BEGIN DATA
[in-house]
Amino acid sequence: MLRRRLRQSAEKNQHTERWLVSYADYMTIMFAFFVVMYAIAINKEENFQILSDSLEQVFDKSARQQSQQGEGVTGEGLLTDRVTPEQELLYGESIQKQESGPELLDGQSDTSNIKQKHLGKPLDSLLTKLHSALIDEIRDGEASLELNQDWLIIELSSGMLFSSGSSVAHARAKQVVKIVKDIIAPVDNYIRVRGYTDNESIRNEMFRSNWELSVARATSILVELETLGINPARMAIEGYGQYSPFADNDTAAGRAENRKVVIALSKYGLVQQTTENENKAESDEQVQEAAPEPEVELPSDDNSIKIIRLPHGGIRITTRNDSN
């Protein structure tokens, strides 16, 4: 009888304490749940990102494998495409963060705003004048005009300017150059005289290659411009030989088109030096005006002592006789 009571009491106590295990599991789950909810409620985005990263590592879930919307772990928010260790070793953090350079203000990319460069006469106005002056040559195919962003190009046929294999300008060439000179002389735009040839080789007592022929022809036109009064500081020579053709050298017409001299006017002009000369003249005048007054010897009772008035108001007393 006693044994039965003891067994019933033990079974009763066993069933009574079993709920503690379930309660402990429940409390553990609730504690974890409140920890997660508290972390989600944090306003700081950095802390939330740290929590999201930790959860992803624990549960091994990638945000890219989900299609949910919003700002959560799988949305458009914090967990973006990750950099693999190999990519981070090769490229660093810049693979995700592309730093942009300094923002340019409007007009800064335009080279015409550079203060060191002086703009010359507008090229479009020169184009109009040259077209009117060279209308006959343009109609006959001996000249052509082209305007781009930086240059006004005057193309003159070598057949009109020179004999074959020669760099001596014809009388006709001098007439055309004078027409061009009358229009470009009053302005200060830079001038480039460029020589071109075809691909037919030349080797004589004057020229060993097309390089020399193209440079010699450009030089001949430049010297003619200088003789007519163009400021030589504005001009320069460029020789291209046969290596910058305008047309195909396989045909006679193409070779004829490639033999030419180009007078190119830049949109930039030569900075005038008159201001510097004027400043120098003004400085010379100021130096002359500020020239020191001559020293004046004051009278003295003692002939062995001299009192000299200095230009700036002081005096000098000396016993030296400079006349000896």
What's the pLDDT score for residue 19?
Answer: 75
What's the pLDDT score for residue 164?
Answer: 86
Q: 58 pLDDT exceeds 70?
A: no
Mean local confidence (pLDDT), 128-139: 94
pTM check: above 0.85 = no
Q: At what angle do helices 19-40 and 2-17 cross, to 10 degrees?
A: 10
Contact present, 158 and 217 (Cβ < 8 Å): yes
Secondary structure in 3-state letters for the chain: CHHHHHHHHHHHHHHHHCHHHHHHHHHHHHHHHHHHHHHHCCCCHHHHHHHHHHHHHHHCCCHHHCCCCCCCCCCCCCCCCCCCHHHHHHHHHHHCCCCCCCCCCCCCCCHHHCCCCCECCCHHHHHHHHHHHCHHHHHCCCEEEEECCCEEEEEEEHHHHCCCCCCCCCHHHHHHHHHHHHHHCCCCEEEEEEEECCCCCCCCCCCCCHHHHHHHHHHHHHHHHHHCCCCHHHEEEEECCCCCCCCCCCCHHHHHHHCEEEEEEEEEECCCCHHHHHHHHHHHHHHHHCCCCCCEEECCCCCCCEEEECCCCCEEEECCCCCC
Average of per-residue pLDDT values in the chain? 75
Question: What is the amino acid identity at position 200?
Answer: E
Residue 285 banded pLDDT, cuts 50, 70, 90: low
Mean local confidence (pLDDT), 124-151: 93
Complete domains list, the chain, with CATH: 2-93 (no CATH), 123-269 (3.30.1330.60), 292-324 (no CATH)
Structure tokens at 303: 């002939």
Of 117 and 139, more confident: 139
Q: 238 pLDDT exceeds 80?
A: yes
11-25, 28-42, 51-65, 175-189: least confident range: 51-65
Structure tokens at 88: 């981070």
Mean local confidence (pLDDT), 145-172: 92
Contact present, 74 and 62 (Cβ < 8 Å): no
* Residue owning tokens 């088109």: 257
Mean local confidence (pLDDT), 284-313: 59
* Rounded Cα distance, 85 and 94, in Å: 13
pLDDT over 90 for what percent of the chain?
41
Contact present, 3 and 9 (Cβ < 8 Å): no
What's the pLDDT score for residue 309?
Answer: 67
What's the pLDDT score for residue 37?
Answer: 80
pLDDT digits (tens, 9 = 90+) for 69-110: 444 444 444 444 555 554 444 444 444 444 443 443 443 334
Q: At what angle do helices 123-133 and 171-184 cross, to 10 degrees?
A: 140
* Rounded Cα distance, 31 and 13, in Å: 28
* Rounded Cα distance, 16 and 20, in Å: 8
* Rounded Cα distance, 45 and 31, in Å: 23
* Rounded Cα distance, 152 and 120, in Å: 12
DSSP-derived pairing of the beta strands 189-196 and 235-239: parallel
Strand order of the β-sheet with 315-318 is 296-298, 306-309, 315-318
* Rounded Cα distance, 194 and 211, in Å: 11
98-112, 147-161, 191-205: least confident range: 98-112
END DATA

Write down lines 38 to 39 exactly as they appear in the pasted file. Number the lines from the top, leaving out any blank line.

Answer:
What's the pLDDT score for residue 37?
Answer: 80